Click HERE for “Part 1: Mean, Spoiled, Entitled No More: How to Transform Your Teen/Child Into a Caring, Mature, Responsible Young Adult.”
Sara: Mean, Spoiled, Entitled
Sara is tired. She had a hard soccer practice. She is now lying on the living room couch, playing on her phone.
She doesn’t help with dinner, but arrives to the dining table when called, and eats dinner with her family. As usual, she doesn’t speak much during the meal, nor does she help with dishes. After she is done eating, she gets up, tells her dad that she has to study for a biology test tomorrow, and heads to her bedroom.
Sara spends her entire evening in her room Snapchatting, Instagramming and watching Netflix until 2:00 am. She didn’t study. She had a full day but has used less than 50 words when speaking to her family. Her parents completely trust her with her phone and there is no Phone Contract or Chore Chart in her home.
The next day she gets up at 6:00 am for school. He father gently asks her, “How did the studying go?” A very tired Sara lies and says, “Fine.”
Enabling Parental Reaction:
Dad looks on the school’s grade website and sees that Sara earned a D- on her test, dropping her grade to a D. The next day after her soccer practice, Dad approaches Sara on the couch, asks her to put her phone down so he can speak with her. He gives Sara a pep-talk. He tells her he is concerned about Sara’s grades and her screen-use.
Sara responds, “Biology is hard, Dad! I’m doing my best!”
Dad relents and walks away. Nothing is done. Sara never fully experiences consequences of her poor habits, attitude and grades. She continues to live life on her own terms: her phone time, her lies and avoidance of emotional connection to her family. She continues with her competitive soccer team and lives with zero boundaries or restrictions on her phone.
Soon, Sara will have her driver’s license and her family will see even less of her.
Parental Message to the Child:
-Sara’s soccer schedule is a top priority in this family. She needs rest because soccer is important.
-Sara’s friends are more important than her family. She needs ample time to connect with friends. Since her friends are online and on her phone, she needs a lot of online time.
-This family doesn’t need Sara to help with chores or with dinner because the purpose of this family is to support Sara’s hobbies and her friendships.
-Sara’s school is not a high priority. Sara is learning self-disciple is not important in this family. Although Dad’s verbal words communicate these priorities, his silent/passive actions speak louder than his words.
-Sara can never lose trust in this family. No matter how poorly Sara performs in school, how withdrawn she becomes, how screen addicted she becomes, her parents trust her 100%. Sara is allowed to live the life she wants to live, and her parents are there to support her chosen lifestyle.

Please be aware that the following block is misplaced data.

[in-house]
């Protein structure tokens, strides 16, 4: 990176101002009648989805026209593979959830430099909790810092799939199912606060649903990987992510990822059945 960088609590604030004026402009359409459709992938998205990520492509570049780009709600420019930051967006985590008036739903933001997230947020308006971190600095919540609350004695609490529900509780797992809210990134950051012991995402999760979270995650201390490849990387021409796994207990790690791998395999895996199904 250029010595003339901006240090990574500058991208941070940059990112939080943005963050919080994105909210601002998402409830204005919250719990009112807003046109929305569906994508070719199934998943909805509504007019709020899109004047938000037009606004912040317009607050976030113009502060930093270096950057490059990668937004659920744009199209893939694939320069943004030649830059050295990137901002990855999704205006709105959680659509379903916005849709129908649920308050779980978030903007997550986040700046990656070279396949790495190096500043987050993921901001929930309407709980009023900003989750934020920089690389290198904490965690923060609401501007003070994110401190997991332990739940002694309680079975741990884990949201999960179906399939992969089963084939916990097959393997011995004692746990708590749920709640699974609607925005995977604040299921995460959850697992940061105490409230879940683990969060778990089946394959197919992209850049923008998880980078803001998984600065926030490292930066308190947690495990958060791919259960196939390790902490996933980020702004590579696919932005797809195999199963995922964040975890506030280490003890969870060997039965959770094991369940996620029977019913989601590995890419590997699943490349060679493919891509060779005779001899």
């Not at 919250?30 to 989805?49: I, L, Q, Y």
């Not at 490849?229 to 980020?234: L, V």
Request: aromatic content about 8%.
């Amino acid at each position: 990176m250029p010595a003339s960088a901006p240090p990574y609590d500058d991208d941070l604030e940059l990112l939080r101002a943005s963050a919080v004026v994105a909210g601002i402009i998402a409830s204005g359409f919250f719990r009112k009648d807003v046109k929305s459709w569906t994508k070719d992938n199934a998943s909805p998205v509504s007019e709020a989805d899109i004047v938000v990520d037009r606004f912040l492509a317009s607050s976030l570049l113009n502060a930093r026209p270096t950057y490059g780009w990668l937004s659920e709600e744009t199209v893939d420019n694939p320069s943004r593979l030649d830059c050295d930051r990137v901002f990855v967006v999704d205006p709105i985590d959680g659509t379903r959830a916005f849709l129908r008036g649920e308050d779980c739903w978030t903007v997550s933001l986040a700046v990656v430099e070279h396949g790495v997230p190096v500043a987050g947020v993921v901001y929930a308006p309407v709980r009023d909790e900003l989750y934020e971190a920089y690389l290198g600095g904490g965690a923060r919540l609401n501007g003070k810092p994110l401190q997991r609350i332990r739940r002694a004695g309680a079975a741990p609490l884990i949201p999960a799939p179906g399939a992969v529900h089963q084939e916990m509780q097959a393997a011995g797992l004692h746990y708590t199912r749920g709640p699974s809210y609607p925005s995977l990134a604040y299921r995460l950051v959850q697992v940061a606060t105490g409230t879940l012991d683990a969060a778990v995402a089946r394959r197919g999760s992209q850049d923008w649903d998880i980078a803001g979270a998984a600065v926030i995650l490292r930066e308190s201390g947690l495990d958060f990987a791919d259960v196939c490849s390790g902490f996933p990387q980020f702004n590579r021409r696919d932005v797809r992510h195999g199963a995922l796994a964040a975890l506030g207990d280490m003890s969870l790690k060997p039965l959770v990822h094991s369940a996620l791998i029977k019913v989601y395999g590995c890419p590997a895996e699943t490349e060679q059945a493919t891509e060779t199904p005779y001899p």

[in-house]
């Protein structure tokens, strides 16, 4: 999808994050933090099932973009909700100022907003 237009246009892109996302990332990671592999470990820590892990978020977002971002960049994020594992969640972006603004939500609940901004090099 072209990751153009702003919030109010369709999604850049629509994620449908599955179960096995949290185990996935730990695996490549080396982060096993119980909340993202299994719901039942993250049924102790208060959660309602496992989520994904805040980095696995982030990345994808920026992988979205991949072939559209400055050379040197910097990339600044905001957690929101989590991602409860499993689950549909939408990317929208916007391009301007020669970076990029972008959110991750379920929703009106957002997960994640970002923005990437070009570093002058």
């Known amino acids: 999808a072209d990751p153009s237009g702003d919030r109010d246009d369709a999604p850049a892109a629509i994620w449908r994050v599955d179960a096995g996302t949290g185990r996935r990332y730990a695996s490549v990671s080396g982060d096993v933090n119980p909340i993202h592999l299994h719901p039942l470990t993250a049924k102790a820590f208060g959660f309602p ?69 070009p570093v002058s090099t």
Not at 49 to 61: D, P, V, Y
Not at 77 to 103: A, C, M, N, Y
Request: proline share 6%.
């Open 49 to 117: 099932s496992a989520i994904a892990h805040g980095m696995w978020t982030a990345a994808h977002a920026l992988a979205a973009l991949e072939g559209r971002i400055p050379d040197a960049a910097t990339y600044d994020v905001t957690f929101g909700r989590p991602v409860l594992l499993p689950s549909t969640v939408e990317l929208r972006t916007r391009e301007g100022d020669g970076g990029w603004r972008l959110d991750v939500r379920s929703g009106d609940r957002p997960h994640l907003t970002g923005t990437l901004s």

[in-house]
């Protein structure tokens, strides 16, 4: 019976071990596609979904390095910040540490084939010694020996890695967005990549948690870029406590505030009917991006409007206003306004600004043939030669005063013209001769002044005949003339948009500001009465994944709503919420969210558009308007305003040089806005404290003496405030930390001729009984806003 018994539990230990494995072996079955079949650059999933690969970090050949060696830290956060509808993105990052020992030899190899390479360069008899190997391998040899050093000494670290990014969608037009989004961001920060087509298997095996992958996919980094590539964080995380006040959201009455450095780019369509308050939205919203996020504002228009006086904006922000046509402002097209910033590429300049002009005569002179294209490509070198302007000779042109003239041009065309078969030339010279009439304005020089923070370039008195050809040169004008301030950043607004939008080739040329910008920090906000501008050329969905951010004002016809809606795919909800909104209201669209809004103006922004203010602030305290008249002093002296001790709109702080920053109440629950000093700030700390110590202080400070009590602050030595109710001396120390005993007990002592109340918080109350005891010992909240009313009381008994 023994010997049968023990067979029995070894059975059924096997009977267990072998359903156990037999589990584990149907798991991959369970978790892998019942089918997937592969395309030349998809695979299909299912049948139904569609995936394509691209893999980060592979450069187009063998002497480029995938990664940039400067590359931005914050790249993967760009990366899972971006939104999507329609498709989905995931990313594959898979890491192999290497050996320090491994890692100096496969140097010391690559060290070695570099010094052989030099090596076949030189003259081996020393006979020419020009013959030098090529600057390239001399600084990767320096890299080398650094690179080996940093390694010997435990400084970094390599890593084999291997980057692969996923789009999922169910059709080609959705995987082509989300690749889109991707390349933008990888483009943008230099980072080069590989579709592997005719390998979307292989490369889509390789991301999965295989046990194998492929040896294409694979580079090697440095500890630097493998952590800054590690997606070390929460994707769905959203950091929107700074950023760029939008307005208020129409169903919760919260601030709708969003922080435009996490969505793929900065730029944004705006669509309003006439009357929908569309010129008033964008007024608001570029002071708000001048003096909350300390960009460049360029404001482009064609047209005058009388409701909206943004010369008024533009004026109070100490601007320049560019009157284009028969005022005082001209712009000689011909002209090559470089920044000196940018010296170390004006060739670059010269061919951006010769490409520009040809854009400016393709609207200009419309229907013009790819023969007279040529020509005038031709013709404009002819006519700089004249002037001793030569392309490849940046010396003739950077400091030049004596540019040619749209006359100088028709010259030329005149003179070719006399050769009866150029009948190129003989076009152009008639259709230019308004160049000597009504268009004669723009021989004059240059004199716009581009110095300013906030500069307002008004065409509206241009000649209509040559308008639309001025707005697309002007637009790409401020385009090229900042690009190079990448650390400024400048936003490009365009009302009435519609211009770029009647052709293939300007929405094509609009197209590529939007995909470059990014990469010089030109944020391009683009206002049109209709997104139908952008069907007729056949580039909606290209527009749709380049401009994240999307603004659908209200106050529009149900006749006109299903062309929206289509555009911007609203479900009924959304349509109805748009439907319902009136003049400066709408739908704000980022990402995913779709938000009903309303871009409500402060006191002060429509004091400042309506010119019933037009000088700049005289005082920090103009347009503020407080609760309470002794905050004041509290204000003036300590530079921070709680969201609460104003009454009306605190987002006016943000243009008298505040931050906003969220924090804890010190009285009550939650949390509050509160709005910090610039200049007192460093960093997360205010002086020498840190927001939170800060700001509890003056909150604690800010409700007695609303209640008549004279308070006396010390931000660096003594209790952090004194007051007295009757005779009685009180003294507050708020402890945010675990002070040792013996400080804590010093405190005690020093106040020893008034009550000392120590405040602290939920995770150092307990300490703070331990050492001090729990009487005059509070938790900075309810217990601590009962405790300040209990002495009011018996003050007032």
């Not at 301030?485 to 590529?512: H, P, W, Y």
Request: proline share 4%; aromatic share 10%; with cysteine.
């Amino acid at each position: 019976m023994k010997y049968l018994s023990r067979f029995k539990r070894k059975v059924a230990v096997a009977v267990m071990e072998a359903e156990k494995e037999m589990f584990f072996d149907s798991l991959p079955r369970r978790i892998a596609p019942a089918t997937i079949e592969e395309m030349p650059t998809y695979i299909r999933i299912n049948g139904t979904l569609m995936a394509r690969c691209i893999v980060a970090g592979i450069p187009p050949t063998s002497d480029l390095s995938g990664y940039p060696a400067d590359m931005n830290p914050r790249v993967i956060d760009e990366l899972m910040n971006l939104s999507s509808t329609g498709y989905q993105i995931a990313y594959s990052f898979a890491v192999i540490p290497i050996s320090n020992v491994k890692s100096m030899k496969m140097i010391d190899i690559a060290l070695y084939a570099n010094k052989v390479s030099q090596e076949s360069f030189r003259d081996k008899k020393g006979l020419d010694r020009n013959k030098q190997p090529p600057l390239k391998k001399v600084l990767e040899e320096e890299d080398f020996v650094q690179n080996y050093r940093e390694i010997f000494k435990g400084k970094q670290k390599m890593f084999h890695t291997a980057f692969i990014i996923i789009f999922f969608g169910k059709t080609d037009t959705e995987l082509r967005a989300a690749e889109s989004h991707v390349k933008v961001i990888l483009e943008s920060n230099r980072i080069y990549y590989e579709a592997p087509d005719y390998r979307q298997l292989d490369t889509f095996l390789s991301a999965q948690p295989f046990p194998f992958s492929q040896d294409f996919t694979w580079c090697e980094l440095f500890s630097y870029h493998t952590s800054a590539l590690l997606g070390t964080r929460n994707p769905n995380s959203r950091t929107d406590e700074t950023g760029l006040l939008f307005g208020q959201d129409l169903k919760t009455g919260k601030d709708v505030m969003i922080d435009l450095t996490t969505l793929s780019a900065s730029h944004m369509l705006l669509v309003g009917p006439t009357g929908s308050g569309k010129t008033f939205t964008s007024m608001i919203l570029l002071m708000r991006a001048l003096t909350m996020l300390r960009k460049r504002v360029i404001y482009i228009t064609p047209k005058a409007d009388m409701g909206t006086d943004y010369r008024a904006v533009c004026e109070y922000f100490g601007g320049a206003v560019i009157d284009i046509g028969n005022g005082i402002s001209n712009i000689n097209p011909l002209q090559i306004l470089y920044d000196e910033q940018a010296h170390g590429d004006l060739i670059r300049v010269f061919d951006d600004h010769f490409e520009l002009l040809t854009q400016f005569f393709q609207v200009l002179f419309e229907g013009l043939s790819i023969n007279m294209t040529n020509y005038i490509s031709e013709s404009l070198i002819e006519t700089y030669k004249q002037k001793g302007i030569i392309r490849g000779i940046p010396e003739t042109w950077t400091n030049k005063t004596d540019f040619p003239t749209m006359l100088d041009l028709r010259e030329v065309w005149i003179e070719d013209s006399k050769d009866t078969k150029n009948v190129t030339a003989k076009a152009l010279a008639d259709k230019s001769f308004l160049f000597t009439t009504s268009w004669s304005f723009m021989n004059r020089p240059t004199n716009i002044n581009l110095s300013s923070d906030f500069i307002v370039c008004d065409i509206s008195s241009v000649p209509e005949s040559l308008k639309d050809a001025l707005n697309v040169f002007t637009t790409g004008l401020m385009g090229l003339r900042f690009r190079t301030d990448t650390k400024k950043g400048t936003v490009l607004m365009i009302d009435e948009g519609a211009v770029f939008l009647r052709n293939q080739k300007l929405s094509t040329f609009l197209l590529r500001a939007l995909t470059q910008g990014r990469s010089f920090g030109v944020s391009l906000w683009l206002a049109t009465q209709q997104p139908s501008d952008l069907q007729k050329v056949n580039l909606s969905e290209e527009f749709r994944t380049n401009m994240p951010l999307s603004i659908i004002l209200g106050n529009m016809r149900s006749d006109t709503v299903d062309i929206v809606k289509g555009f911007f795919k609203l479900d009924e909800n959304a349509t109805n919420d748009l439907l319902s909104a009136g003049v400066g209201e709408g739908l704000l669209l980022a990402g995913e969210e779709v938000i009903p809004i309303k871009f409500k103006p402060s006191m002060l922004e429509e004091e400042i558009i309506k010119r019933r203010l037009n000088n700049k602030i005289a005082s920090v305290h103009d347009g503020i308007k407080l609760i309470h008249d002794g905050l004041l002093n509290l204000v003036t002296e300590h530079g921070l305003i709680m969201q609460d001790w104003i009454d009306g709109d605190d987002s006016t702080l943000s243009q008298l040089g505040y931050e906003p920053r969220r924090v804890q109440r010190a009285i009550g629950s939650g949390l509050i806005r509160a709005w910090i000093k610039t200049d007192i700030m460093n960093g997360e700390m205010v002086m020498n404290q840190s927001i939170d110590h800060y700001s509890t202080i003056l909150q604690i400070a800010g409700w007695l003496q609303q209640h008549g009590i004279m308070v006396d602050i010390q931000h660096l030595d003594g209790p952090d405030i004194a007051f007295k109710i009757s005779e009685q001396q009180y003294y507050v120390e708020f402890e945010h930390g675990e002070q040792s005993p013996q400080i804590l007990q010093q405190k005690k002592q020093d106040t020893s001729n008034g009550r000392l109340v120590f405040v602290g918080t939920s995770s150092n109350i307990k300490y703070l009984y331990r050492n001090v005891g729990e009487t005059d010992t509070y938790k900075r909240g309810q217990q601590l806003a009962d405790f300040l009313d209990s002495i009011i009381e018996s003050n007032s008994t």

Sara has Become a Mean, Spoiled, Entitled Kid.
An Alternative Approach That Will Foster Maturity and Empathy:
Dad approaches Sara on the couch and asks her to put her phone down.
Dad: Sara, I need to have a serious talk with you. Is this a good time? It’s good for me. OK, let’s talk.
Sara, I am hurting very much. I am concerned about you. I would like you to please just listen to what I need to say, then we’ll discuss after I am done. OK?
I need to do a better job at helping you set and live by adult-like priorities.
Sara, I feel disturbed by your grades. Your grades reflect that you are lying to me about studying. This is your character. This concerns me because I want to raise you to value your integrity and your character. Your choice to lie also hurts my feelings and hurts our relationship deeply.
Your grades communicate a message to me. The message is that you care more about soccer, your friends and your phone than you do about your grades. I don’t want to lose trust in you. But it’s starting to happen.
I know your friends and soccer are important to you. They are both good for you. You need them. We want you to have them. But you also need to realize you have responsibilities in this family. We are a team and you need to do your part.
Sara, I don’t like how much time you spend on your phone. I get it. Phones are fun and a great way of connecting with friends. I love my phone too. But Sara, I am concerned that you are living too much of your life through that screen, and not living your life with real people, especially the people that love you more than anyone—your family.
I feel that I can no longer trust you to make wise decisions on your phone and the screens in your life, and I want that to change.
Sara, because I love you, I am going to intervene in your life and help you by setting some boundaries, limits and natural consequences for you.
I have decided that I can no longer passively sit back and watch you live your life like this. I feel that I have been enabling this lifestyle for too long and I don’t want to do it anymore.
This is not a punishment. I am parenting you. This is my job.
Sara, here’s what I need you to do:
1) Your heart and your attitude towards our family needs to improve. I want to help with this. You are not the only one who needs to change. Our family needs to change. This is not just about you.
2) Work to bring your grades up. I don’t want to see any D’s. I know you can do much better. Your grades reflect that you are not trying in school anymore. If we don’t see progress in your grades within the next two weeks, you will have to quit soccer. We don’t want this to happen.